Again class comes to you. This is lesson number two.
Today’s Topic: Suicide
People tend to think that suicide rates increase during the Holiday season while many professionals in their respective fields strongly disagree with this “statistic” the fact remains that suicide is a problem.
This topic is dear to my heart because this is part of my testimony. I love Jesus because He first loved me and Jesus loves, wants and saves the suicidal. I know because I’m living proof. Jesus gives life and life more abundantly. Unfortunately there are people in this world who haven’t been truly exposed to this knowledge. The Bible very clearly states that lack of knowledge is a direct correlation to people perishing. It’s important to be informed.
Here are some Suicide Facts & Statistics to Consider:
Nearly 30,000 Americans commit suicide every year
There are an estimated 8 to 25 attempted suicides to 1 completion
There are somewhere between 240,000-750,000 suicide attempts each year
For young people 15-24 years old, suicide is the third leading cause of death
Twice as many deaths due to suicide than HIV/AIDS
An average of one person dies by suicide every 16.2 min
Suicide is the 11th leading cause of death in the United States
For people who have never contemplated suicide it can be an abstract thought, topic or idea. The concept of suicide is not easily relatable. Most people assume that suicide is a direct result of depression, or hopelessness and sometimes that is not the case at all.
The poem “Wanting to Die” by Anne Sexton though unsettling gives some insight into the mind of someone who is suicidal.
“…I have nothing against life…./But suicides have a special language/like carpenters they want to know which tools./They never ask why build”
Suicide is not always a matter of not having anything to live for sometimes it is simply an indifference to life itself no matter how much there is to life for. Suicide may also be the result of feeling powerless and be the result of a struggle to gain control. In that way it is an attempt to literally take one’s own life into their hands.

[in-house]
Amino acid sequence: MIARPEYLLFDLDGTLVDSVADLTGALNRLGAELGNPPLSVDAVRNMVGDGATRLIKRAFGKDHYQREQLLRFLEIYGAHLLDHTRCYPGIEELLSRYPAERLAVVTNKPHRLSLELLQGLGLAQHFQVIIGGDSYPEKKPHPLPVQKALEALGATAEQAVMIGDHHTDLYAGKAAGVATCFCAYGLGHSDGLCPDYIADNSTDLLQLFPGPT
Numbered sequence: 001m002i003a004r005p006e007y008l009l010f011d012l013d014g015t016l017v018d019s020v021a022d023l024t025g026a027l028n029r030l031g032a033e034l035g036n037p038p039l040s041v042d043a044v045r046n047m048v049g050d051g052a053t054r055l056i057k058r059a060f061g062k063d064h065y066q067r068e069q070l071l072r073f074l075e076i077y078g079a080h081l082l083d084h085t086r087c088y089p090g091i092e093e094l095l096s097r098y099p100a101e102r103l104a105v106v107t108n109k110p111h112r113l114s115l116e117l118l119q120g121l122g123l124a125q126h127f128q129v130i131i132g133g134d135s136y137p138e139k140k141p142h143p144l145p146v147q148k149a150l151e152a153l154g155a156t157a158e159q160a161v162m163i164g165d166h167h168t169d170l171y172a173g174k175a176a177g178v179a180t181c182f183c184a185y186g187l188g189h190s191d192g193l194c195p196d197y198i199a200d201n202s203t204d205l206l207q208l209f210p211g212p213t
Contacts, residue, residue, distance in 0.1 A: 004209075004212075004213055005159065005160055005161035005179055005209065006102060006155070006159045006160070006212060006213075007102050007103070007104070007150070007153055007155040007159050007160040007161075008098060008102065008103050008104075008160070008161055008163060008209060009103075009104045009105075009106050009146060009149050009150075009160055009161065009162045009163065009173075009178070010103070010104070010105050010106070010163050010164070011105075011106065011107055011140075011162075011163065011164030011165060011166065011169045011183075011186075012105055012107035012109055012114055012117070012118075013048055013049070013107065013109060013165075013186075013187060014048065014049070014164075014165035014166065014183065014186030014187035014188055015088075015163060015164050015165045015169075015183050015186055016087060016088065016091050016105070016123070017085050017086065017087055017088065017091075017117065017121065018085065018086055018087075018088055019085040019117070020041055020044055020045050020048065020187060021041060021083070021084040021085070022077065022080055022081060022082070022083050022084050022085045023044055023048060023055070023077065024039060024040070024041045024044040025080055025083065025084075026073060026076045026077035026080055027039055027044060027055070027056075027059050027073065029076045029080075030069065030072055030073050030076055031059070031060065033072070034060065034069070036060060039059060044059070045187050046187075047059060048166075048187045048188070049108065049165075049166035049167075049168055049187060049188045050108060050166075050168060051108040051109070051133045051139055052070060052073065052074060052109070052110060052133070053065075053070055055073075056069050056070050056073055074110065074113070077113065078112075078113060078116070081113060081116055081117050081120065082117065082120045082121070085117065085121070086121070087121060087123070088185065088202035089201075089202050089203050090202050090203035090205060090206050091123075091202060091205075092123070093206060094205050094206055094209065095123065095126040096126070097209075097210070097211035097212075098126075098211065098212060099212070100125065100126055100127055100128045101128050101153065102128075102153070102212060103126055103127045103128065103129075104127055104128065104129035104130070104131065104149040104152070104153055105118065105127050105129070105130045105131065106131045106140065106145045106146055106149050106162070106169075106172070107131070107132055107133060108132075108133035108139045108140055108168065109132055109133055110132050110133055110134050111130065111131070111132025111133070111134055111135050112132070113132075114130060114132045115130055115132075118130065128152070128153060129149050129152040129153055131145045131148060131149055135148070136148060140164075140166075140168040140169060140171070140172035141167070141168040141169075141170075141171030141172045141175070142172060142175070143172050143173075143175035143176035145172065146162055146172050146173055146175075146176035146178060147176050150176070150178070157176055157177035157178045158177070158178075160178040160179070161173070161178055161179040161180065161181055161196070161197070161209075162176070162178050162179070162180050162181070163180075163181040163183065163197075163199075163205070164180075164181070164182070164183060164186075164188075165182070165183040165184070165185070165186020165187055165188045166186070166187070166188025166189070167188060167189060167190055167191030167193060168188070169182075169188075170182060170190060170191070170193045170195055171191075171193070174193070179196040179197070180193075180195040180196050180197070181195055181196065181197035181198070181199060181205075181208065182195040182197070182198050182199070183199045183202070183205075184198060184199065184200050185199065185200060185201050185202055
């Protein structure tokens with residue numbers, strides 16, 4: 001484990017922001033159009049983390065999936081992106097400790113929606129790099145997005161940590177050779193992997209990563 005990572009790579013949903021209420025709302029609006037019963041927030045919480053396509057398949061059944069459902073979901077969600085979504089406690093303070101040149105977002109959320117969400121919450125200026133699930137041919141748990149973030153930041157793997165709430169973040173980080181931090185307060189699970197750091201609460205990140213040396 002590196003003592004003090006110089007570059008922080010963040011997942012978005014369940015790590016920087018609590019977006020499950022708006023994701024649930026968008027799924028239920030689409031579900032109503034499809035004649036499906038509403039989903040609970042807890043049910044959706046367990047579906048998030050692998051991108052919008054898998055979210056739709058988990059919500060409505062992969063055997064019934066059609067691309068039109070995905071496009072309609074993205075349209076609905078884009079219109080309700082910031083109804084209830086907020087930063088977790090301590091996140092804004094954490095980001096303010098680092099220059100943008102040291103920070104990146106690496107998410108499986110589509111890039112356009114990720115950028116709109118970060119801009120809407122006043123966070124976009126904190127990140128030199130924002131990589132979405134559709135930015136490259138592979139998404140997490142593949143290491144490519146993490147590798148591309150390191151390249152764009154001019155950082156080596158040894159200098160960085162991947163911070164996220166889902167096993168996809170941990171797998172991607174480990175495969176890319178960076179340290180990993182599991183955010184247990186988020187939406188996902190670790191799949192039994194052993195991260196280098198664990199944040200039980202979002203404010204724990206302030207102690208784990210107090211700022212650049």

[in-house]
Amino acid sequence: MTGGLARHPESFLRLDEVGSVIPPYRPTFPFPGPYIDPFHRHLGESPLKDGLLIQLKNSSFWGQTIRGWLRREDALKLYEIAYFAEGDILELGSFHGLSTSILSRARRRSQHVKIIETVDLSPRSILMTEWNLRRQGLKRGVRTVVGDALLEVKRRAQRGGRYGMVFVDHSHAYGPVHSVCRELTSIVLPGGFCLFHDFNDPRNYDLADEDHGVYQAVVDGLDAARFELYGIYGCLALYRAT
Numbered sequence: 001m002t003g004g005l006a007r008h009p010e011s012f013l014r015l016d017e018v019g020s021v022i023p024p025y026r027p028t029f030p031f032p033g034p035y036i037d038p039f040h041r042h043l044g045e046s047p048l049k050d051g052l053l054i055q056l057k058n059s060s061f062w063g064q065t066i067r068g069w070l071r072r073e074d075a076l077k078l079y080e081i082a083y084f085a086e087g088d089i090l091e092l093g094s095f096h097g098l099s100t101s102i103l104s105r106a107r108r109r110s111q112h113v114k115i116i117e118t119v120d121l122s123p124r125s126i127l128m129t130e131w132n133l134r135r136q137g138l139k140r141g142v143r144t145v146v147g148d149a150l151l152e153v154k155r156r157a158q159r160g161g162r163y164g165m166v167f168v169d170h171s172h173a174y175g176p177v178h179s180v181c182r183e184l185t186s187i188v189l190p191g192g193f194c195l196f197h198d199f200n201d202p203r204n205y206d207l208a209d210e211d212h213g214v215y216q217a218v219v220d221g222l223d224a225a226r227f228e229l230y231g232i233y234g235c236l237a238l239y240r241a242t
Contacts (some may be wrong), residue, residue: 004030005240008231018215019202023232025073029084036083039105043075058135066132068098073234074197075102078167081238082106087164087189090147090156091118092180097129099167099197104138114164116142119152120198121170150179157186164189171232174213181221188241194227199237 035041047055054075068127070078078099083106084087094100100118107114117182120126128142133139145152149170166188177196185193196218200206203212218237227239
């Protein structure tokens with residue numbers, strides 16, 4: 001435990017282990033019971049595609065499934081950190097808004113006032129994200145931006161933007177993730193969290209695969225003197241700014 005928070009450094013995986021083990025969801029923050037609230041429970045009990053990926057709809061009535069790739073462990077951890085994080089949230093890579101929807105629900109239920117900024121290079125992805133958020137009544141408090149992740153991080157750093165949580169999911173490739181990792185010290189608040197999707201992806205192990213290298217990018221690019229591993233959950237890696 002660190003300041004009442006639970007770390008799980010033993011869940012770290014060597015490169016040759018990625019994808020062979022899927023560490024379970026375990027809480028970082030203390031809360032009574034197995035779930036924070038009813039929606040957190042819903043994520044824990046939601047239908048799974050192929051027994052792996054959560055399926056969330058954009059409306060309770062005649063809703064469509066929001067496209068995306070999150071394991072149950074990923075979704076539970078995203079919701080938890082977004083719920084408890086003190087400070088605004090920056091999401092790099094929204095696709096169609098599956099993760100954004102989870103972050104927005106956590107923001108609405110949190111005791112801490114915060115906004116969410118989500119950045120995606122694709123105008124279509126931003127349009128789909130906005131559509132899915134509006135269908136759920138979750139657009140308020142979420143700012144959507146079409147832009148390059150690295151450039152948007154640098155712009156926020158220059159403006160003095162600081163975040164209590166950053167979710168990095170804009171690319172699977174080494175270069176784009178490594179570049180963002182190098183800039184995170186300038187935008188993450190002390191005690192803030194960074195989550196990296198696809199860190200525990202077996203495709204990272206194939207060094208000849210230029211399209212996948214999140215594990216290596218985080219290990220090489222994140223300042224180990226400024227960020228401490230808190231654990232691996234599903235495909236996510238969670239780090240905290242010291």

Suicide is an infection of the mind. It takes indifference and the “I don’t care” attitude to a different plateau. Just like people who inflict pain upon themselves “to feel” some suicidal people believe suicide is the only way they can truly live life because they will feel life slipping away.
Suicide and suicidal thoughts are a plan of the enemy to blind people to the real meaning of this life – which is to experience the love of God and respond to it through love and service. Life is not simply about “feeling” or “living” or “experiencing with only the fives sense”, real life comes from faith, believing, and encountering God with our spiritual man.
Very briefly I’ll share part of my testimony. I was not depressed. I did not feel hopeless. I simply did not feel at all. I was indifferent to life and I couldn’t be bothered with pretending because it required too much effort. Suicide, that taboo word that abstract idea. I thought about it a lot. It consumed my thoughts. Then one night as I was finalizing the details, God spoke to me through a friend who called. I went through the motions of appearing normal answering those calls I would normally answer. That conversation changed my life I was literally told to stop what I was doing and return to God.
Even long after that no one really knew that I had come so close to attempting suicide, not even those closest to me. I thank God that He spoke and the person obeyed because had He not intervened I could have been lost.
As a society we need to be aware of this mental plague because those who are suicidal can be triggered to the final act by the smallest word or action.
Your encouraging word, your testimony, your passion to share the love of God can be the difference between life and death and an eternity in heaven versus an eternity in hell for someone who hears you.
Take a minute or two today to pray for those contemplating suicide. Pray that God would intervene the way He did for me and many others. And be open to making that small but crucial difference in someone’s life.